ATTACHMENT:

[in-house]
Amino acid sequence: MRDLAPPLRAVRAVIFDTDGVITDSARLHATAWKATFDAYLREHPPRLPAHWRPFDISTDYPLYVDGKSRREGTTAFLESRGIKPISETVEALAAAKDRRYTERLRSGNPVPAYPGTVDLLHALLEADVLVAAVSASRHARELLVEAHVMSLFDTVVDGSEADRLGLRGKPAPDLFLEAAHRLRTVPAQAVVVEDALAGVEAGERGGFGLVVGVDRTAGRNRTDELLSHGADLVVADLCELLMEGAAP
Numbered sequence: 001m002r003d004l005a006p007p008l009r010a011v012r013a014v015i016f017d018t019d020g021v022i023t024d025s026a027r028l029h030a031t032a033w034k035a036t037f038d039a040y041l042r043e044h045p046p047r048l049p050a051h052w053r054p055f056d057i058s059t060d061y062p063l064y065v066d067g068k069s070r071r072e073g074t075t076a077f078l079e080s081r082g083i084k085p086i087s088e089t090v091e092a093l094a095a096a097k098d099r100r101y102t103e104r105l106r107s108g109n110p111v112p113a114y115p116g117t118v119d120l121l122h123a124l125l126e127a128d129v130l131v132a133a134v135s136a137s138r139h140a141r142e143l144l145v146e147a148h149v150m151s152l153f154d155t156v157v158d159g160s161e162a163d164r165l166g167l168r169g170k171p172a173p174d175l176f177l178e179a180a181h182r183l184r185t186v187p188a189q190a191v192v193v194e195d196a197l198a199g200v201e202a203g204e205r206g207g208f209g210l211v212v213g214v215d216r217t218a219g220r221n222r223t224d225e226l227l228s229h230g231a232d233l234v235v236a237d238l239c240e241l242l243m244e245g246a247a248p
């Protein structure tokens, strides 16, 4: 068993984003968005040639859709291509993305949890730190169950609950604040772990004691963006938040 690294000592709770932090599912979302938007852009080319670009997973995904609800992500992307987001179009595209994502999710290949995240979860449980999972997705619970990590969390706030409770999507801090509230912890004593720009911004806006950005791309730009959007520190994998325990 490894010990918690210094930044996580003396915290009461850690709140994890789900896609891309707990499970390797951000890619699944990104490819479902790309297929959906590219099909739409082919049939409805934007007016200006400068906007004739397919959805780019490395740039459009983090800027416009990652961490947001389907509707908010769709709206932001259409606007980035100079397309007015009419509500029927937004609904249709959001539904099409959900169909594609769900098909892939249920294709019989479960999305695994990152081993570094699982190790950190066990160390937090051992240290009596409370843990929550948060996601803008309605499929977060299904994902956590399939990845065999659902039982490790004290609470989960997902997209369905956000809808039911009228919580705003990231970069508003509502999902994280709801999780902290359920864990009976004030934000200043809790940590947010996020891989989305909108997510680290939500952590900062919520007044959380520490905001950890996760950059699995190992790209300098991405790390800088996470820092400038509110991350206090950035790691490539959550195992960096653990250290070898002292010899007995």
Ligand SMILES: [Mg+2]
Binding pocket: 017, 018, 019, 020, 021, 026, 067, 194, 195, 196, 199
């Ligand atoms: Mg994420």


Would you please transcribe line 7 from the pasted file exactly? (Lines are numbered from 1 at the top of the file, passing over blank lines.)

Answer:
């Ligand atoms: Mg994420």